What to Eat in Phuket?
Tom Yam is one of Thailand’s favourite and most well-known dish, to locals and visitors alike. It is not a tourist trap; it is part of Thai life. Tom Yam means hot and sour soup and Goong means prawns. Other famous variations are Tom Yam Talay (seafood), Tom Yam Gai (chicken), Kradook Moo (pork ribs). Orange colour in Tom Yam Goong Mae Nam comes from the fatty juice in the head of river prawns; this juice adds aroma, colour, taste and all the extraordinaire to the soup. Read more.
Som Tam is probably one of the cornerstones of Thai Cuisine, and it comes in various versions, but the main ingredients will almost always include grated green papaya with fish sauce, lime juice, chillies, dry shrimps, green beans and peanuts. Som Tam Tai is the most simple form, and popular variations are the Som Tam Poo with salted black crabs and Som Tam Kai Kem, prepared with salted eggs. It might surprise you the first time, but you should try. Ask for ‘Som Tam Thai’ and mention ‘Mai Pet’ (not spicy) as it can be prepared hot in the local southern restaurant. It is excellent eaten with Kao Niao (sticky rice) or even Kanom Jeen (cold rice noodles). Read more.
Tam Sua is a robust variation of the well known Som Tam even though the word Tam Sua practically means ‘salad anything’. The dish looks pretty much like the photo above every time I order it. So what’s inside? Here’s my version of Tam Sua. You’ll find that it’s really like a Som Tam for the brave! Read more
4. Kanom Jeen
Kanom Jeen is without a doubt our favourite Thai breakfast on weekends, and we’ll never miss a chance to go to ‘Pa Mai Kanom Jeen Restaurant’, on Satun road in Phuket Town, just next to the Blue Elephant restaurant. If we manage to wake up on time, of course. Pa Mai Restaurant is open from 5.30 am to 11 am as well as Mae Ting, the relative’s shop just down the same road. Pa Mai Restaurant might not be as famous as the original one, but we like it better. Not only because it’s easier to get parking and there is always a table available, but also because we like the taste of their Kanom Jeen. Read more.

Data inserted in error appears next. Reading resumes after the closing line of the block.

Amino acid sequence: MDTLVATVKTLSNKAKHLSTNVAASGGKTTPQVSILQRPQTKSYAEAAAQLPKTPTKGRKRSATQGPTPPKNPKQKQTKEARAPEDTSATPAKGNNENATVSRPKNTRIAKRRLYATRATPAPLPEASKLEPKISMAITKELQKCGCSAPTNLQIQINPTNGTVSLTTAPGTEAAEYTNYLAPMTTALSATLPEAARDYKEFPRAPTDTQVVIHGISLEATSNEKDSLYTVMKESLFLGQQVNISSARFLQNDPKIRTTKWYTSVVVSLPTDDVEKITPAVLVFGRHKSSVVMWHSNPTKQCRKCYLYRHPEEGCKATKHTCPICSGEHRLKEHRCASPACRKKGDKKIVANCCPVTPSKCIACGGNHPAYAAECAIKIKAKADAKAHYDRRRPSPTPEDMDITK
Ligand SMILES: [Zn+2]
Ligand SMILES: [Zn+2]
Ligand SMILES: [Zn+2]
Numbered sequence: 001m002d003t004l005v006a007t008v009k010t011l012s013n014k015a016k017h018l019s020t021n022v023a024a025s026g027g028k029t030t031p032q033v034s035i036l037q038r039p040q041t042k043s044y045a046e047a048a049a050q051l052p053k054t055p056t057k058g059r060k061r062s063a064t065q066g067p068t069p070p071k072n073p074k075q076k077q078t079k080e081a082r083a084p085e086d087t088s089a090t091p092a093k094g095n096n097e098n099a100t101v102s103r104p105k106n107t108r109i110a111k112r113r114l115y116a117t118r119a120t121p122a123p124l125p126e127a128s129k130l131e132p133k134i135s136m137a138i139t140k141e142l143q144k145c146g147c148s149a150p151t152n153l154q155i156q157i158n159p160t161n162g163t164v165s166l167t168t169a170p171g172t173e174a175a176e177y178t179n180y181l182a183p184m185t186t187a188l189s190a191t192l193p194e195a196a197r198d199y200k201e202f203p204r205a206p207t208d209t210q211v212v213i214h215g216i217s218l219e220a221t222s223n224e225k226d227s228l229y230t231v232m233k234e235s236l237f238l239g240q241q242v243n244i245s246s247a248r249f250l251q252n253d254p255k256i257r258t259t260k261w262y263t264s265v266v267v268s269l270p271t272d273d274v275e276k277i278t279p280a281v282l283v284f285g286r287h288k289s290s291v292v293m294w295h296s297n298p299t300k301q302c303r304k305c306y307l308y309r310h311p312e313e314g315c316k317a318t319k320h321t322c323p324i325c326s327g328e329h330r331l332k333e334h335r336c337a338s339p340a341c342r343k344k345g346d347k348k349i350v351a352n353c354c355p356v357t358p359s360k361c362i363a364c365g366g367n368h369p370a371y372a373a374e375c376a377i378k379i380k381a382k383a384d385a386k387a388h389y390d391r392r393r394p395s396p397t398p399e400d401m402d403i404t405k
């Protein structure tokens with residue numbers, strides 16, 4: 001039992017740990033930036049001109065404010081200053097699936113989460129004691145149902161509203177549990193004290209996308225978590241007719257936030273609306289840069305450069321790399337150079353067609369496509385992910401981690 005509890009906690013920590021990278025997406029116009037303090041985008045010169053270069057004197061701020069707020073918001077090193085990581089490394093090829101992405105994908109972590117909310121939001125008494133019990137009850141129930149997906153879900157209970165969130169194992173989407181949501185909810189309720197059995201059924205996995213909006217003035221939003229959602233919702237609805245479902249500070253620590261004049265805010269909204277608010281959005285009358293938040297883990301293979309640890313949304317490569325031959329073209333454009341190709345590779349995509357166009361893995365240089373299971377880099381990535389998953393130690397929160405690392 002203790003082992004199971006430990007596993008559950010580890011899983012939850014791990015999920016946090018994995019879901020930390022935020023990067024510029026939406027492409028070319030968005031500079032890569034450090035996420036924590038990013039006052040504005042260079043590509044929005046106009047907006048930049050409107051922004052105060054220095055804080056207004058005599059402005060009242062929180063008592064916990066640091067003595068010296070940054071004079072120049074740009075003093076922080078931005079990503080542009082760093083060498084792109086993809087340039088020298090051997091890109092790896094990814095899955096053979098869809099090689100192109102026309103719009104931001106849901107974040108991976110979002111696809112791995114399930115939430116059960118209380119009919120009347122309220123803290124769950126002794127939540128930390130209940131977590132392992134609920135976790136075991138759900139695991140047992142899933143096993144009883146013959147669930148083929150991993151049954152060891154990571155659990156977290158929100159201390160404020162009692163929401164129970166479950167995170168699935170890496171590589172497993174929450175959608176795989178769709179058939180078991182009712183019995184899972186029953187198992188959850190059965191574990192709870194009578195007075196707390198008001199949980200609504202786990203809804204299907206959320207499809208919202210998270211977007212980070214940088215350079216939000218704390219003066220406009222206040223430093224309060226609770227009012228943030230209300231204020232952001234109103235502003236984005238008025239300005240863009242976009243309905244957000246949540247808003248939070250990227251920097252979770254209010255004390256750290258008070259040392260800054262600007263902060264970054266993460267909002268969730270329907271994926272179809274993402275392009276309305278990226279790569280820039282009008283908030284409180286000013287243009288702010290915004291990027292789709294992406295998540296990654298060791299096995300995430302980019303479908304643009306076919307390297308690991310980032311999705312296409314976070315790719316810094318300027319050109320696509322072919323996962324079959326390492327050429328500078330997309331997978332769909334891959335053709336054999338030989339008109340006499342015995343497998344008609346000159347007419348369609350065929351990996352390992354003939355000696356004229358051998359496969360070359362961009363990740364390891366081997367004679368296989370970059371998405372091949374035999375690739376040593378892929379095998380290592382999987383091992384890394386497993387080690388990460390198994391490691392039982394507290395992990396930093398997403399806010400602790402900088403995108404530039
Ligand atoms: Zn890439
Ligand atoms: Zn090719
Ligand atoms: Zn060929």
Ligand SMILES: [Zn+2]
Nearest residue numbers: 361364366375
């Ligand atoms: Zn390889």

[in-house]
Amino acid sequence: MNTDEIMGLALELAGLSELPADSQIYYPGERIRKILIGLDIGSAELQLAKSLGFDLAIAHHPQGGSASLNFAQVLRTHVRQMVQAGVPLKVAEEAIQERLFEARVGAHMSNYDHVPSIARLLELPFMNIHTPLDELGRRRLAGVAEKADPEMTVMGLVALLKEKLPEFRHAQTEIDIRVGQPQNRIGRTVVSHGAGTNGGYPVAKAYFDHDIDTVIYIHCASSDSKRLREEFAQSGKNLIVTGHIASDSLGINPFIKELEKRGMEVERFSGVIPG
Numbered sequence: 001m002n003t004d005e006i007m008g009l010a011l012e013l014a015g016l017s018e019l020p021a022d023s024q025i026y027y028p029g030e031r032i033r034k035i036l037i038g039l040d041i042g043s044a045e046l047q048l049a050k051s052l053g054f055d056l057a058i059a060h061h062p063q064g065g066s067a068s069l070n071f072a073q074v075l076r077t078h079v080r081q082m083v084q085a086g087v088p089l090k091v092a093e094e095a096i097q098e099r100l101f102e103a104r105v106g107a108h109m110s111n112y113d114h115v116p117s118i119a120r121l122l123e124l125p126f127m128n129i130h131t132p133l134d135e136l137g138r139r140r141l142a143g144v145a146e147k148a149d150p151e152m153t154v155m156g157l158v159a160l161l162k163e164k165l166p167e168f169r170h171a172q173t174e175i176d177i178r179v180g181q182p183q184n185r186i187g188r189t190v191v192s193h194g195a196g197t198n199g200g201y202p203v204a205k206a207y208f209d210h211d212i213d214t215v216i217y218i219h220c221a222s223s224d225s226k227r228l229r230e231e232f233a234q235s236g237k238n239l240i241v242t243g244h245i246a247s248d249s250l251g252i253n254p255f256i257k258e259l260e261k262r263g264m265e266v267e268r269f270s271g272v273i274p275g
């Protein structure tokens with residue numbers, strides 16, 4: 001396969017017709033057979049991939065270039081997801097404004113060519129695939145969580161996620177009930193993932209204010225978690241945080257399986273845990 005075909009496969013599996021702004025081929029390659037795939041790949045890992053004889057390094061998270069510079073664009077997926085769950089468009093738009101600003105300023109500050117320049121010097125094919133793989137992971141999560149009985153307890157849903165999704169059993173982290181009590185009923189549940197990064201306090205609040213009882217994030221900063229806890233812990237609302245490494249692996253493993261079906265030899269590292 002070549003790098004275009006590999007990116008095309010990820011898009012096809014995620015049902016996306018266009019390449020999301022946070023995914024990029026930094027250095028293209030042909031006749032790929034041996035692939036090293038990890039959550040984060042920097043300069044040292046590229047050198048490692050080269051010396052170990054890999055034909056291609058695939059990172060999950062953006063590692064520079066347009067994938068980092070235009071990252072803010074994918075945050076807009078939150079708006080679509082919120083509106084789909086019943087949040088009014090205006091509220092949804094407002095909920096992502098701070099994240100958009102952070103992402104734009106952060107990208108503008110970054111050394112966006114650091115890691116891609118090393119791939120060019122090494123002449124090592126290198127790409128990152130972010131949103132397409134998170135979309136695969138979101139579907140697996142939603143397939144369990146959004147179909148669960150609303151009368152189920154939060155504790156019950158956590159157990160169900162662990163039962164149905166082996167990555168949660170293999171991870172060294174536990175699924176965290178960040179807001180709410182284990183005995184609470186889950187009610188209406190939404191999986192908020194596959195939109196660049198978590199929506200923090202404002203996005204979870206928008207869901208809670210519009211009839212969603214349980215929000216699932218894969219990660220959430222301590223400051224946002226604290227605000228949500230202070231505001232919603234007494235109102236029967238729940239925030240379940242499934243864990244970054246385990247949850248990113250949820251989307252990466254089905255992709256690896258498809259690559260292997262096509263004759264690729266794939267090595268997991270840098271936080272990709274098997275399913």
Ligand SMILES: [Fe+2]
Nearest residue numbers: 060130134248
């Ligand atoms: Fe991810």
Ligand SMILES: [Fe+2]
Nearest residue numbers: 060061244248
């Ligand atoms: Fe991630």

Hor Mok is not precisely a Phuket or Southern Thailand’s speciality, but the specific type and taste of Hor Mok you can find in Southern Thailand is Phuket style. Central Thailand has its version Southern style has a greater aroma with a smooth taste and texture. Hor Mok is made of coconut milk, chilli paste, fish and some secret ingredients all put together in banana leaf and steamed or grilled. Read more.
6. Khao Soi
This curry noodle soup has its origin or influences from a Muslim community from Yunnan in China who moved to a northern province of Thailand once called ‘Lanna’. Being Muslim food, the meat of choice in this dish is either Beef or Chicken and not pork. But these days, there are other variations such as tofu or fish. There is a good Khao Soi on Yaowarat Road in Phuket Town.
7. Gaeng Fak